Amazon / IndieBound

The Handmaid’s Tale by Margaret Atwood

If you didn’t catch this miniseries on Hulu in the spring, who even are you????  It ended on a cliffhanger, so if you’re dying for a season 2 preview, check out the book!

Amazon / IndieBound

Children’s Books

Not Quite Narwhal by Jessie Sima

Narwhals are adorable.  Unicorns are adorable.  Narwhals and unicorns in one book? AMAZING.  I love that Not Quite Narwhal is not just a story of never feeling like you fit in.  It’s about being able to bridge experiences in two different communities and love them both.

Amazon / IndieBound

She Persisted by Chelsea Clinton

Turn all the little folks in your life into activists!  I love that this book showcases amazing women of diverse backgrounds and accomplishments, and without becoming overwhelming with detail.  Kids with a multitude of interests can find a story here that speaks to them.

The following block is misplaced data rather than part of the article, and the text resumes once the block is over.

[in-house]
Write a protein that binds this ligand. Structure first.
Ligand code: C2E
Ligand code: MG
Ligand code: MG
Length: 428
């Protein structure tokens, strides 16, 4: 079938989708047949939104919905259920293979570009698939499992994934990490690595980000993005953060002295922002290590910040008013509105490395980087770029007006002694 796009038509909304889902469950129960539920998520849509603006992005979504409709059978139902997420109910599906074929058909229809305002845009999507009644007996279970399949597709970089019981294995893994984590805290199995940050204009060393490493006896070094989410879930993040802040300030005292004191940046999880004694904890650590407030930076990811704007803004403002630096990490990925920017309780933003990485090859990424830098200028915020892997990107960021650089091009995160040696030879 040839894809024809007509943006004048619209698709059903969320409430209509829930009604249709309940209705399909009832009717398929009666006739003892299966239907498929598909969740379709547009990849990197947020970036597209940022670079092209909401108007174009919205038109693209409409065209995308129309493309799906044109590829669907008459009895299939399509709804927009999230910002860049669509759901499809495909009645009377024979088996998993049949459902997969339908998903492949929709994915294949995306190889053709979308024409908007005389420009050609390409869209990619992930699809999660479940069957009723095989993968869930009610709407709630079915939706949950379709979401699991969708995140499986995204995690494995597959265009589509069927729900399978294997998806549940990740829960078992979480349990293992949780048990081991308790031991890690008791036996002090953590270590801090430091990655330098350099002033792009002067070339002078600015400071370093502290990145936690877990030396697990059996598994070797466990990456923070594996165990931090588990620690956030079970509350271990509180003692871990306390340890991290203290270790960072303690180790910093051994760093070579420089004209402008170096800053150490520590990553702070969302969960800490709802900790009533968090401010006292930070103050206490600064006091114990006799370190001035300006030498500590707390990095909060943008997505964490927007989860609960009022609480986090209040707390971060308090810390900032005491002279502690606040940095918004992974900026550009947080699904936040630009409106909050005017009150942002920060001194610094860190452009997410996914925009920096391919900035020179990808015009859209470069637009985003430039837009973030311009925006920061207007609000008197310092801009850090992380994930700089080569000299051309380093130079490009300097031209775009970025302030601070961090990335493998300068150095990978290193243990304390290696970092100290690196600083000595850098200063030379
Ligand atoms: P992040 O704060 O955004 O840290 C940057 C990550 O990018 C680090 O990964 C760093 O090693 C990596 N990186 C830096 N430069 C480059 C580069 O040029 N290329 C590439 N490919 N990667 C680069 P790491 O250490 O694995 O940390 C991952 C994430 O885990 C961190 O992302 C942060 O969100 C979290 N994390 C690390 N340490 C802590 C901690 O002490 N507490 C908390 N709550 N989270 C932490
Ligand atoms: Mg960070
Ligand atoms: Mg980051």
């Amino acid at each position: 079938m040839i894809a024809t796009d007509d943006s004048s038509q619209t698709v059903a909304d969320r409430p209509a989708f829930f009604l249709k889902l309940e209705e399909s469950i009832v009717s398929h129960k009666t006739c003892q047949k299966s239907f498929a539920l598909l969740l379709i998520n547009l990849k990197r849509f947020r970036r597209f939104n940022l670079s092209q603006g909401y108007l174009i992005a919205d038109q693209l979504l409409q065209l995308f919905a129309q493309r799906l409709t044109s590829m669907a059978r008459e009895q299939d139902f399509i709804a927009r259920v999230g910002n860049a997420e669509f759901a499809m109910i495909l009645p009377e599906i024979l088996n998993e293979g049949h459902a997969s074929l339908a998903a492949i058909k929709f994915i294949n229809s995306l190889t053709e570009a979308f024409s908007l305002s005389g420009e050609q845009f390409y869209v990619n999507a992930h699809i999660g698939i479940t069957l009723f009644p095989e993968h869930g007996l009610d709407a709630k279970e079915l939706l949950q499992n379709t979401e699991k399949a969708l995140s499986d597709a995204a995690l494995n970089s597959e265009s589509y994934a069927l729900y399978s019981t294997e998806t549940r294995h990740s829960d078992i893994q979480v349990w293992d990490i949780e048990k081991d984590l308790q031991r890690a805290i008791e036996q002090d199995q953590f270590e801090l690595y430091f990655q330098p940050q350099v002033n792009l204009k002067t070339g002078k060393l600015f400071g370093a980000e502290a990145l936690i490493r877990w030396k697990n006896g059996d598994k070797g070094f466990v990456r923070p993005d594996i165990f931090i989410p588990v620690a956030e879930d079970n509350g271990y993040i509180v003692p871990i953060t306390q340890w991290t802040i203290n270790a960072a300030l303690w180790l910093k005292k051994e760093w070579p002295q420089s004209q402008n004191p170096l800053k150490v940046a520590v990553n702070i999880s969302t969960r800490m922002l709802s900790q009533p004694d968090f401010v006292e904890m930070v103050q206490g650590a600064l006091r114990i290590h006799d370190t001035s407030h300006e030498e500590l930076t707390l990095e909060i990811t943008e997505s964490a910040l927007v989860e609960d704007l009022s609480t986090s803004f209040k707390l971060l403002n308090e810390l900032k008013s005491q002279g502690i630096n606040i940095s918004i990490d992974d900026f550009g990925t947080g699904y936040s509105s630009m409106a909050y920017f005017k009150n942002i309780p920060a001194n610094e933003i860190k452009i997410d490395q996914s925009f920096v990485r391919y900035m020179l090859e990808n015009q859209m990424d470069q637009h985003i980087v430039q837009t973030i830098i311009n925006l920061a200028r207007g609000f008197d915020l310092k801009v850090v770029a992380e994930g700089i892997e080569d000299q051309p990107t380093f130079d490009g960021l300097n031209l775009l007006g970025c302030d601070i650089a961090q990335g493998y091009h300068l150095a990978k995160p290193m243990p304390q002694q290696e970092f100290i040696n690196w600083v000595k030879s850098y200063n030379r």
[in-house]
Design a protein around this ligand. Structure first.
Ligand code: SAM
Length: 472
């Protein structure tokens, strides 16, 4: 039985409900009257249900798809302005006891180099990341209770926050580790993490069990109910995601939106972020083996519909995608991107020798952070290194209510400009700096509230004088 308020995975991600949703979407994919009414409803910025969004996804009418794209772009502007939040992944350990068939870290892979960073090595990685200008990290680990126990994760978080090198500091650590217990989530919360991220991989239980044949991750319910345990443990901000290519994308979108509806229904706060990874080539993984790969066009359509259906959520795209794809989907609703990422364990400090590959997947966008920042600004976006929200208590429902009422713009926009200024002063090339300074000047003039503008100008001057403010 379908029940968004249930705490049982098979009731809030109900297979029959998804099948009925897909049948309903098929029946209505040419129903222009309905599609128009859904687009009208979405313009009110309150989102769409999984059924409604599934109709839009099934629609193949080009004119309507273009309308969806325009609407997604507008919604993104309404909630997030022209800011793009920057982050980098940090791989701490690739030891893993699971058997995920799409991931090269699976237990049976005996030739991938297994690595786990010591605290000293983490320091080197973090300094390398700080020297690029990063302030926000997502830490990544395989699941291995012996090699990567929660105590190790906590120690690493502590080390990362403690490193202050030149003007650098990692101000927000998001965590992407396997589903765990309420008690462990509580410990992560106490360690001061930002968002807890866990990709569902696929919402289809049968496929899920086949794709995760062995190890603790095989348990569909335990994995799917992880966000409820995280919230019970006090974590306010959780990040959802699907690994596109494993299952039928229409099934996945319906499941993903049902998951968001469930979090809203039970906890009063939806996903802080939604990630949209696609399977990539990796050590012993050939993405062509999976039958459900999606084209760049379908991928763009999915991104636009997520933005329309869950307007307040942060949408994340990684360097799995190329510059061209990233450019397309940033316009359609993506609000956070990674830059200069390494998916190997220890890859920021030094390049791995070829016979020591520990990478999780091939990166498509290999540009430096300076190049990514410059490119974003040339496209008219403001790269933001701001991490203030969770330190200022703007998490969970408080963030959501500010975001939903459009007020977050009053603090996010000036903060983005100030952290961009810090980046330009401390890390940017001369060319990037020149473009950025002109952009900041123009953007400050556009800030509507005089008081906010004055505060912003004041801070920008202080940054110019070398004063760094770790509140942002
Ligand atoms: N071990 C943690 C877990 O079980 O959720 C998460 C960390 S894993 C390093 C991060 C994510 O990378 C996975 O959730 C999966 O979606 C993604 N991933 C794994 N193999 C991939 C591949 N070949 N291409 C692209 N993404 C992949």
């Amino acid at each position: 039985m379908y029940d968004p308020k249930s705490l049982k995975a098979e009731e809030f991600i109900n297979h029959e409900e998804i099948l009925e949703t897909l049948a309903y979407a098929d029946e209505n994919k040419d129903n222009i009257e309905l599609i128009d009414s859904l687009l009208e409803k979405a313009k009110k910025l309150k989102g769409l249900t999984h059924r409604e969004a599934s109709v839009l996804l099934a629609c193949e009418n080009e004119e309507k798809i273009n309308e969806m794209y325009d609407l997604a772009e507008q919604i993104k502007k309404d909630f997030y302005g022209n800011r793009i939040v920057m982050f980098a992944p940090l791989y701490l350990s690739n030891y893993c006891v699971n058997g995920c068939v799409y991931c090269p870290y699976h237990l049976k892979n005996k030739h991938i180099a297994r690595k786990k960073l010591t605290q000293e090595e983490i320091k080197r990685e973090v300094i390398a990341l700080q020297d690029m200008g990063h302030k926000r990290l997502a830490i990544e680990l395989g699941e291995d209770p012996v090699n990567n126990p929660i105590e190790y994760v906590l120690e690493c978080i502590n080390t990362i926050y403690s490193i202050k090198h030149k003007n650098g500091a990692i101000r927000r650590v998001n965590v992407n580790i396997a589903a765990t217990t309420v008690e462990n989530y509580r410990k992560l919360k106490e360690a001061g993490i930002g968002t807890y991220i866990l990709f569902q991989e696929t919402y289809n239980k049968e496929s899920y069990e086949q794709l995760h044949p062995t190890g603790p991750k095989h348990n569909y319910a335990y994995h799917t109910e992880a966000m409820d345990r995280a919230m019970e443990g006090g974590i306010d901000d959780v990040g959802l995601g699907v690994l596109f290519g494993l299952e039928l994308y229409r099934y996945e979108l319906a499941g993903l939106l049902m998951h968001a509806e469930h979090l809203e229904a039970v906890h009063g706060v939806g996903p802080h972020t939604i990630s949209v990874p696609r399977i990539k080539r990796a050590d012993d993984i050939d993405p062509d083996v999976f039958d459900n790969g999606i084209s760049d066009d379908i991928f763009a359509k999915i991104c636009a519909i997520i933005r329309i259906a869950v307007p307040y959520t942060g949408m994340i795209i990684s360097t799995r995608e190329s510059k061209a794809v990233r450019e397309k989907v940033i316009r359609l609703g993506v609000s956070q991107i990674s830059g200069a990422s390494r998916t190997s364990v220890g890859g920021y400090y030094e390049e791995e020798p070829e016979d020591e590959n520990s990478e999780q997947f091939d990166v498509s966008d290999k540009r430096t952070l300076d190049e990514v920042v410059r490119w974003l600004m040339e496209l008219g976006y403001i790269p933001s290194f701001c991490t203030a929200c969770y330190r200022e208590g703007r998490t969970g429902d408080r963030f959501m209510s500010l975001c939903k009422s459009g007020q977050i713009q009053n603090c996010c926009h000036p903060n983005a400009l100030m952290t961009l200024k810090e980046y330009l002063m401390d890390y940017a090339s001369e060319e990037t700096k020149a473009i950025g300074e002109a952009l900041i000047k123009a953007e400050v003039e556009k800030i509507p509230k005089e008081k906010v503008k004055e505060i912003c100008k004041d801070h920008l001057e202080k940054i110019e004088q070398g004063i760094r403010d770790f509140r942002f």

Amazon / IndieBound

Bob, Not Bob!: *to be read as though you have the worst cold ever by Liz Garton Scanlon

I know my cousins would LOVE this book.  They think books where you have to make the person reading say funny things or use a funny voice are hilarious (and they’re right, they are).  In fact, I might be adding this book to my cart right now…

Amazon / IndieBound

Well, That Was Awkward by Rachel Vail

Any middle grade book that professes to be awkward catches my eye, because that’s exactly what middle school is.  Just a total parade of awkwardness that goes on for years.  Right?  Years?  That wasn’t just me?  I have a feeling this book is a pretty accurate depiction of ~middle school romance~.

Amazon / IndieBound

The Metropolitans by Carol Goodman

Historical fiction?  Love it.  Arthurian legend?  Here for it.  Kids exploring a museum to save the world?  GIMME.  This seems to be in the vein of Chasing Vermeer (which was big about 10 years ago), and I really hope it can inspire a new world of museum lovers!

Amazon / IndieBound

When All’s Said and Done…